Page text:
ECONOMYNEXT – Sri Lanka will establish a ‘permanent single digit interest rate structure’ in the country, which will benefit the business community, Central Bank Governor W D Lakshman said.
“Capitalising on the achievement of 12-years of single-digit inflation, the Central Bank intends to establish a permanent single digit interest rate structure in the economy,” Governor Lakshman said delivering a 2021 policy roadmap through a virtual address.
“We will remain focused on maintaining market interest rates at single digit levels going forward.”
“The business community will benefit from low-cost borrowing facilities corresponding to a low interest rate regime.
“This is imperative to promote investment and entrepreneurship in the country, the needed foundation for sustained high economic growth.
“The availability of low-cost funding on a sustainable basis would encourage businesses, including start-ups, to venture into new industries and sectors that have high growth potential.”
Sri Lanka’s private credit fell in 2020, reducing credit demand, while savings also picked up amid Coronavirus induced consumption fall, allowing rates to fall despite a bigger budget deficit.
The central bank also cut its reserve ratios or the share of deposits that banks should keep with the central bank, which tends to drive up costs and lending rates.
Countries that have a working monetary regime involving a pure floating rate or a firm fairly credible peg with around 2 percent inflation tend to have mid single digit interest rates.
But countries that print money and depreciate their currencies tend to have high interest rates and monetary instability.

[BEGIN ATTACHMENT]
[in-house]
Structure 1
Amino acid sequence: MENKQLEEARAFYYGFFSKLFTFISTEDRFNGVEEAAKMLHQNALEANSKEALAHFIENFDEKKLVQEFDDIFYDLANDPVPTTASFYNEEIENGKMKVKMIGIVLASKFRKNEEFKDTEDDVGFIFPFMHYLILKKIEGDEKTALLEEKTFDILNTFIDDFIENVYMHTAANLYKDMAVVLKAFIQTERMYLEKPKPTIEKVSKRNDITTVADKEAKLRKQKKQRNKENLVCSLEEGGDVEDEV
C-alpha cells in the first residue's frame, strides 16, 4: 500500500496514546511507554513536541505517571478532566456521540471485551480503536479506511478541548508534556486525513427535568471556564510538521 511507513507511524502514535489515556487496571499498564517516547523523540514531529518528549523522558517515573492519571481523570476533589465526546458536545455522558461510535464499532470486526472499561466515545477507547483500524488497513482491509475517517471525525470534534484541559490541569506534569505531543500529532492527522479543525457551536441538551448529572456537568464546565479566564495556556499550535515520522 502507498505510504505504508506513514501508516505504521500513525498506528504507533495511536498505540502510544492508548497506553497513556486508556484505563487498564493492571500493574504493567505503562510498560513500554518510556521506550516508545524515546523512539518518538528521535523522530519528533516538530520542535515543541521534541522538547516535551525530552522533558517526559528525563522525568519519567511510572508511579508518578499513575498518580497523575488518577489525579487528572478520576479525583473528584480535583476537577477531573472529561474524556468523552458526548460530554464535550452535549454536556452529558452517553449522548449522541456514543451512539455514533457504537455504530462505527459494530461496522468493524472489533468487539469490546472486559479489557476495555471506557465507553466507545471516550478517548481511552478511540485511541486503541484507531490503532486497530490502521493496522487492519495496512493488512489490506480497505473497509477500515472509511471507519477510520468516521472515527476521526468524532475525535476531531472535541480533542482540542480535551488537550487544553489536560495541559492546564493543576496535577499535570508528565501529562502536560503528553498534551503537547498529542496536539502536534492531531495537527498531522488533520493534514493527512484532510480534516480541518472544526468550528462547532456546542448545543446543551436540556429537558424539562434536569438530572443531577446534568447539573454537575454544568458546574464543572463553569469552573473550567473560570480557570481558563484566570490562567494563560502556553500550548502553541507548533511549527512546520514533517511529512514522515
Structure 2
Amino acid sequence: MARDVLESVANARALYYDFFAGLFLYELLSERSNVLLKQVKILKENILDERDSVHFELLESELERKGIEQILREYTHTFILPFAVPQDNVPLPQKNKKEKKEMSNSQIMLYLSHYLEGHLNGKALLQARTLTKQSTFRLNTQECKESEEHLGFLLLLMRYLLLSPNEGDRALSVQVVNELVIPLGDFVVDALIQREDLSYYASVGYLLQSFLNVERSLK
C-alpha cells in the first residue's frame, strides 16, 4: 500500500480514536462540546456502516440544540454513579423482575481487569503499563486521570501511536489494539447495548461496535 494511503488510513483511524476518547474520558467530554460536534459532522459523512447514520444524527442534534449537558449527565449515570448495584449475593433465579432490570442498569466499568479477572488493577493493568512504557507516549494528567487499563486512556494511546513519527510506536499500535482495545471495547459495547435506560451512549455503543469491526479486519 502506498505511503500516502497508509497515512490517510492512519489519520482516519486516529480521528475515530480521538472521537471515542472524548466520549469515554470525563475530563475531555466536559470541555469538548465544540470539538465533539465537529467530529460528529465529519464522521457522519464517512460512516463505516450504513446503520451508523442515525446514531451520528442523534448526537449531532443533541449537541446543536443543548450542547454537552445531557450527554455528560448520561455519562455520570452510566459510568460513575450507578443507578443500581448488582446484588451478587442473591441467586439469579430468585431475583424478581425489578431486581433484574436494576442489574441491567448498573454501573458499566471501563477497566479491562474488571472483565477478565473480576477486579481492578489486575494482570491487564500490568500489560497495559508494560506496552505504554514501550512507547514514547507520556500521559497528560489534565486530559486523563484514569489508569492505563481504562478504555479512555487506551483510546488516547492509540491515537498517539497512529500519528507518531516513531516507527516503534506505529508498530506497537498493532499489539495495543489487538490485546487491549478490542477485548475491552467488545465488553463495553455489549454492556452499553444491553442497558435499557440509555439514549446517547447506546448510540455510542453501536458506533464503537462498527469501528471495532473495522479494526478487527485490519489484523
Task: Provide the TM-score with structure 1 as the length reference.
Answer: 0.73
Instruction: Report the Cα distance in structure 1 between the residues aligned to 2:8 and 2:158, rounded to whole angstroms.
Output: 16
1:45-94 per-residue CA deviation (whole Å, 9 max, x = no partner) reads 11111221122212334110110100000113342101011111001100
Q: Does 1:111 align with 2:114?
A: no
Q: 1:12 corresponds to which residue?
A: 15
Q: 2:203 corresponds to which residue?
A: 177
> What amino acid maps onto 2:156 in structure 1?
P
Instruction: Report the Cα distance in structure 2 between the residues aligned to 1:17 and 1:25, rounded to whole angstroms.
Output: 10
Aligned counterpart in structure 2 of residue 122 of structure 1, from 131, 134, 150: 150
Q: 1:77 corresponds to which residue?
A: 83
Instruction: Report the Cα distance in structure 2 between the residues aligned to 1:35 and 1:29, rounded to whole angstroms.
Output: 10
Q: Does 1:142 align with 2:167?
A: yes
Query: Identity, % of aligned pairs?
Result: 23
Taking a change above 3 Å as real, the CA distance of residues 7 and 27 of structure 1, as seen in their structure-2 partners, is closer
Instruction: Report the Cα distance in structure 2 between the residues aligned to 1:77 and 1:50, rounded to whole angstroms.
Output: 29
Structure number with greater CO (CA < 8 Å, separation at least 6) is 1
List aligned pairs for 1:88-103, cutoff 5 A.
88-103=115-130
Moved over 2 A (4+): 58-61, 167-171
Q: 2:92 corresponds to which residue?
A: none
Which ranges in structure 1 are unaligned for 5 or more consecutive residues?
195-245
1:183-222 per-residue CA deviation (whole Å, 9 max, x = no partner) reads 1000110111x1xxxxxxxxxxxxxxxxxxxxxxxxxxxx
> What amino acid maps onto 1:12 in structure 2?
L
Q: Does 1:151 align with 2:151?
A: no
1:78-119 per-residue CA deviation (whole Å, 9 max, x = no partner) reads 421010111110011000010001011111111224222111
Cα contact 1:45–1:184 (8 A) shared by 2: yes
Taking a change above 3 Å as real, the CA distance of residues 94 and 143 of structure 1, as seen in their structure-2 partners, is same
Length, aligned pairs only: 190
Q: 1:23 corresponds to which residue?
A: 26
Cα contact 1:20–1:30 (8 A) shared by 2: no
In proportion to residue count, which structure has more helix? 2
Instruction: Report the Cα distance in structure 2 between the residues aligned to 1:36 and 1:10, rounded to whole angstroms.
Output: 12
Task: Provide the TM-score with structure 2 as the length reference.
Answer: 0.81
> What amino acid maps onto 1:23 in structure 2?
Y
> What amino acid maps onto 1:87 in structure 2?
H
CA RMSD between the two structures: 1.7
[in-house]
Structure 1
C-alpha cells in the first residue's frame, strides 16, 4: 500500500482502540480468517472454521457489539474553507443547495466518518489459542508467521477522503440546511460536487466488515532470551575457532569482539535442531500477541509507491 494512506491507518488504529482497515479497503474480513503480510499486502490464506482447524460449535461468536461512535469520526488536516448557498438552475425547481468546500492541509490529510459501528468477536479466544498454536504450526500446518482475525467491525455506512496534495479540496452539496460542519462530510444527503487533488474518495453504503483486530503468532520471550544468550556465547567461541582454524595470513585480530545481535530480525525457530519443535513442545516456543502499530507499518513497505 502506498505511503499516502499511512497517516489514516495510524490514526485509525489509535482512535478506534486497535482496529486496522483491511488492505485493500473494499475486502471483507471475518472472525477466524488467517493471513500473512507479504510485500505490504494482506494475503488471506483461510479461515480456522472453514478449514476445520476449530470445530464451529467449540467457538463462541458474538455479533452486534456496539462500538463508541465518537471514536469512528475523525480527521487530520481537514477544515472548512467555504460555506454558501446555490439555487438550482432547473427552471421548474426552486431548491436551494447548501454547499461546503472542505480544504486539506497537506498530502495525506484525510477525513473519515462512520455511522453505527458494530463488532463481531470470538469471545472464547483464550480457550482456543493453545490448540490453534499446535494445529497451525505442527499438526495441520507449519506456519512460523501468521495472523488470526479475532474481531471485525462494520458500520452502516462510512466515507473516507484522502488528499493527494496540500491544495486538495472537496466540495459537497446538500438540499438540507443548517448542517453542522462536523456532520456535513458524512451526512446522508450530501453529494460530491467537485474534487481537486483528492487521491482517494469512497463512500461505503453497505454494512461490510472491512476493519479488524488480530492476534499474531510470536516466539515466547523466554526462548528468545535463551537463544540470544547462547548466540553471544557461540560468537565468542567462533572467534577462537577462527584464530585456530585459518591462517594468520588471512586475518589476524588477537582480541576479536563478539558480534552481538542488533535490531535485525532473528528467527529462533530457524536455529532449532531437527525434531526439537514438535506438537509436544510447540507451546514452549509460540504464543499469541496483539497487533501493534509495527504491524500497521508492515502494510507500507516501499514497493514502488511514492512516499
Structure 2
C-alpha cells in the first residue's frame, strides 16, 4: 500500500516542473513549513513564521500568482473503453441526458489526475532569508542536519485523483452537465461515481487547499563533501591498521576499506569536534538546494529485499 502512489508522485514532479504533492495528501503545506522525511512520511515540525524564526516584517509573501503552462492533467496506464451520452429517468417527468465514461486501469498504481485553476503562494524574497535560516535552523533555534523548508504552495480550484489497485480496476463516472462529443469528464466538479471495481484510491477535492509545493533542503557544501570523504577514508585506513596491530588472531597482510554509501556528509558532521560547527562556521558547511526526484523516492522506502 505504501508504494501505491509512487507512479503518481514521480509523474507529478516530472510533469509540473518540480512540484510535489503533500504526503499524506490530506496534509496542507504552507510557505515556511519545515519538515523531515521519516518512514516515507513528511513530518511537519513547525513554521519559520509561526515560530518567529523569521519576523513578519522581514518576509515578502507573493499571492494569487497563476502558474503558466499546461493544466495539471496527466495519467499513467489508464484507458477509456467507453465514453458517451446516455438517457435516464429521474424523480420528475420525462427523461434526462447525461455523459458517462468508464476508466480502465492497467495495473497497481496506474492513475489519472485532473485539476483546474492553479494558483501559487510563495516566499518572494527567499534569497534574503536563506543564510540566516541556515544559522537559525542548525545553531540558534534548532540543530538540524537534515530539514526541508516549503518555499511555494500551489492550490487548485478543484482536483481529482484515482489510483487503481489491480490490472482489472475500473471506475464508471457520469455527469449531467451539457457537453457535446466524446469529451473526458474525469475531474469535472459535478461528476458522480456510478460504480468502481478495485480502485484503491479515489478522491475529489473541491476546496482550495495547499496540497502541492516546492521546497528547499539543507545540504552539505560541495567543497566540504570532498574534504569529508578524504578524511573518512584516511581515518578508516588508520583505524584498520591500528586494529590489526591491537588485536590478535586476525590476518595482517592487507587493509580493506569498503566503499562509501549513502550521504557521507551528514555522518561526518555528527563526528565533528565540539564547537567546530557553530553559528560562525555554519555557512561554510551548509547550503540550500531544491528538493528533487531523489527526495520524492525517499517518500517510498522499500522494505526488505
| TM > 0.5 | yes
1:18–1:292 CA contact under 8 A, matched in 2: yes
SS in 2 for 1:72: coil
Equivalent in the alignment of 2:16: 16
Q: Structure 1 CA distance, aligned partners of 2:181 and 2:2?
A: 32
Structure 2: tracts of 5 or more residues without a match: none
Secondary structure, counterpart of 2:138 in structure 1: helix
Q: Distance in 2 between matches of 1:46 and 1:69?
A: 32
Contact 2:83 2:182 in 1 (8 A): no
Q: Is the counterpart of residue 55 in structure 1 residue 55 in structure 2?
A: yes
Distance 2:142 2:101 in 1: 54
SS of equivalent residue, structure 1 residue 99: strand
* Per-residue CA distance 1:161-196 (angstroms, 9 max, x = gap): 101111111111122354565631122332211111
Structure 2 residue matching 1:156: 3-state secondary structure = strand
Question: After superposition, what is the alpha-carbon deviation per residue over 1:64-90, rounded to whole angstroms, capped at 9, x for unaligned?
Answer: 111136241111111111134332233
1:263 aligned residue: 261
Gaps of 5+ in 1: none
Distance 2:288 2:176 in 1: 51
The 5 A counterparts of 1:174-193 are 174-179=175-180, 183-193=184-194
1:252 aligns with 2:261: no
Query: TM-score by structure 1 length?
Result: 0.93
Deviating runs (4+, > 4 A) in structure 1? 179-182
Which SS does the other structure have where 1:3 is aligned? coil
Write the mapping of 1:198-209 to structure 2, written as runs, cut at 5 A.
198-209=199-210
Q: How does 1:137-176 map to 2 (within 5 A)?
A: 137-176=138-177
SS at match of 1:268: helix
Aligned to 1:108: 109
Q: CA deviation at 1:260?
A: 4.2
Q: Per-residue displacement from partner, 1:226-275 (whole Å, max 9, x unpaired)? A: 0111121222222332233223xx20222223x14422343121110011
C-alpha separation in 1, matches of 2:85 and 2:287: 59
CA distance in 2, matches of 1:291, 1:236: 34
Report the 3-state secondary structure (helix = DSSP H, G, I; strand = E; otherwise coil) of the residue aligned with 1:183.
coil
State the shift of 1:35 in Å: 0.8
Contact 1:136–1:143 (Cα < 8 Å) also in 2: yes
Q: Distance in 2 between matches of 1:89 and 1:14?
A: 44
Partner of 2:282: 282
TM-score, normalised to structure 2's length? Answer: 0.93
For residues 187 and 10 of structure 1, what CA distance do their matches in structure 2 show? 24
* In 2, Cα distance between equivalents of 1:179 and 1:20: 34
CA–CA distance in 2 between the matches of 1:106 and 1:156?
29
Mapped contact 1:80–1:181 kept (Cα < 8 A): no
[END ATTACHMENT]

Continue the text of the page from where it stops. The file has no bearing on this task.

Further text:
When Sri Lanka’s money printing central bank was set up in 1950, Treasury bill rates were below 1 percent. By the 1970, amid very tight exchange and trade controls amid money printing, Treasury bill rates were around 5 percent, the levels now seen.
The central bank had also printed large volumes of money, most to fund the government. Government finances were de-stabilized by a steep value added tax cut for ‘stimulus’ in December 2019 and weak activity in 2020.
“The consequent increase in the Government’s revenue-expenditure gap was naturally financed by the Central Bank,” Governor Lakshman said.
Excess liquidity has been about 20 to 25 percent of defined reserve money, and there has been a steady erosion of forex reserves through the financial account.
Governor Lakshman said it was to promote credit.
“Meanwhile, the Central Bank allowed an elevated level of excess liquidity to remain in the domestic money market with a view to inducing a further expansion in credit to the private sector,” he said.
“Most lending rates, which were at double digit levels, reduced substantially, resulting in a decline of average new lending rates to single digit levels, thus enabling the economy to derive the full benefit of single digit inflation maintained for over a decade.
“A gradual increase in credit extended to the private sector was observed in recent months, while credit to the public sector recorded an extraordinary increase, thus leading to a substantial increase in money supply during 2020, playing its countercyclical role amidst the pandemic driven economic contraction.”
Sri Lanka’s growth in 2020 is expected to contract 3.9 percent, he said, and monetary policy in 2021 would be ‘accommodative’ for growth, he said. (Colombo/Jan04/2020)